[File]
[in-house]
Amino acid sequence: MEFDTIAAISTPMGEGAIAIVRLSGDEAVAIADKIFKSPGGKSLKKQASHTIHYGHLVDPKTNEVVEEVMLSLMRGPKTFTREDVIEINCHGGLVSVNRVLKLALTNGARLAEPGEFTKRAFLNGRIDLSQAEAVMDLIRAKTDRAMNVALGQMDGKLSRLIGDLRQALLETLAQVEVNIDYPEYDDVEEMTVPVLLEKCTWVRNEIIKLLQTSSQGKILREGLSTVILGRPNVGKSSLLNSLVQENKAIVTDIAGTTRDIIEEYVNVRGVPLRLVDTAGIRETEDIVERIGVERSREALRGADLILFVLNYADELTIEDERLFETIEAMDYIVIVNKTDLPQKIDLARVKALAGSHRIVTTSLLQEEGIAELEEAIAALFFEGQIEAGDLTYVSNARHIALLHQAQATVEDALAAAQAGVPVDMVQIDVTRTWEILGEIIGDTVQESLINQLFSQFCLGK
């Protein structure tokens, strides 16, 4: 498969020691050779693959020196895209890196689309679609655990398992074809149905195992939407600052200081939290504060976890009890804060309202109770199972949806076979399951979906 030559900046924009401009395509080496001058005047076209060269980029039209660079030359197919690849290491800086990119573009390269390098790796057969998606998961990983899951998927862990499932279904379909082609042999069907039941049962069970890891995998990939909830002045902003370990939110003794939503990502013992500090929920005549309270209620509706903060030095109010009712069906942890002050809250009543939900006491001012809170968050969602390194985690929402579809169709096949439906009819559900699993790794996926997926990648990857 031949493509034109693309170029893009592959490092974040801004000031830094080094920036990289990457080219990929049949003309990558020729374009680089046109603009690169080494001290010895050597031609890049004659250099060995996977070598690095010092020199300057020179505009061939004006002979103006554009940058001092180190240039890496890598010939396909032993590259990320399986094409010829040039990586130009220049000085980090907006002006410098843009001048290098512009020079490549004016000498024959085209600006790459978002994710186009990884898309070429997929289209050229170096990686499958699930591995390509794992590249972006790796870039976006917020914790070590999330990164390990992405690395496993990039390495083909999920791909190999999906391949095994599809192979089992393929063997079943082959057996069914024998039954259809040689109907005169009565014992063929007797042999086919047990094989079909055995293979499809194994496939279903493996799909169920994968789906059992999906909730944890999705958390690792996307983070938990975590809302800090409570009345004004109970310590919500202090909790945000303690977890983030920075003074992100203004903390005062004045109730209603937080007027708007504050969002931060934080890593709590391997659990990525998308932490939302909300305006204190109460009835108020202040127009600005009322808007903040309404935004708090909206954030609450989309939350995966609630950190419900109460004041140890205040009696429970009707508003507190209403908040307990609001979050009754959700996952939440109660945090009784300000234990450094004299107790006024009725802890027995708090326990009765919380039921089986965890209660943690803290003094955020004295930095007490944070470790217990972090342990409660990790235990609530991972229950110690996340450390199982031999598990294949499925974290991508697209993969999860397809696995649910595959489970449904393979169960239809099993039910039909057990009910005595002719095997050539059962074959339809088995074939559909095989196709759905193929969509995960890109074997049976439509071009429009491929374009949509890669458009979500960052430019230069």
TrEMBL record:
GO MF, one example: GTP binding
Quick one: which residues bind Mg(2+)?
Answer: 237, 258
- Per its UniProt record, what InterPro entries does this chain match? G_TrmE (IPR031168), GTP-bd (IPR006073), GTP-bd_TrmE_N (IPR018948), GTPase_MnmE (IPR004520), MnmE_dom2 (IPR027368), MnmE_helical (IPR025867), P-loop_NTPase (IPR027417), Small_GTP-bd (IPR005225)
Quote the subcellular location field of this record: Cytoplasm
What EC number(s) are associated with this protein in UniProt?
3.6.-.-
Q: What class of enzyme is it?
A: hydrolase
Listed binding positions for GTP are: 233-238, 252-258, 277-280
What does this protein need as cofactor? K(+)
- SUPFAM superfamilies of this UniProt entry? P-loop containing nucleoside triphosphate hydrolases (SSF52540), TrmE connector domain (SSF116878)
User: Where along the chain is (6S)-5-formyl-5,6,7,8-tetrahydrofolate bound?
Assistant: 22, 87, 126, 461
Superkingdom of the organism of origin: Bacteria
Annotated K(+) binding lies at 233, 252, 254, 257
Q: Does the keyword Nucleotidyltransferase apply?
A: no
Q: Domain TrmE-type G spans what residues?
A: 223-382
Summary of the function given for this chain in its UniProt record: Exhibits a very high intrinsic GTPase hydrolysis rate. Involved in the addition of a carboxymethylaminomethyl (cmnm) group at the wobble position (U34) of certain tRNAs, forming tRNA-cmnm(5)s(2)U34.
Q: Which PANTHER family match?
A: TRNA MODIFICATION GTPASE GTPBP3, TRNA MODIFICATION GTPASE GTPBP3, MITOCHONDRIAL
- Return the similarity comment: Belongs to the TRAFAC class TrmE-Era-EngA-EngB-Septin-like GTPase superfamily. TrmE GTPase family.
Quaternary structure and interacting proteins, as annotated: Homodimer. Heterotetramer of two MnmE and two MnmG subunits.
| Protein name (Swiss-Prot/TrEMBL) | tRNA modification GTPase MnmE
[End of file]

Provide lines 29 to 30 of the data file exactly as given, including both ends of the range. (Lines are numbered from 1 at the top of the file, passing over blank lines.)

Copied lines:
Quaternary structure and interacting proteins, as annotated: Homodimer. Heterotetramer of two MnmE and two MnmG subunits.
| Protein name (Swiss-Prot/TrEMBL) | tRNA modification GTPase MnmE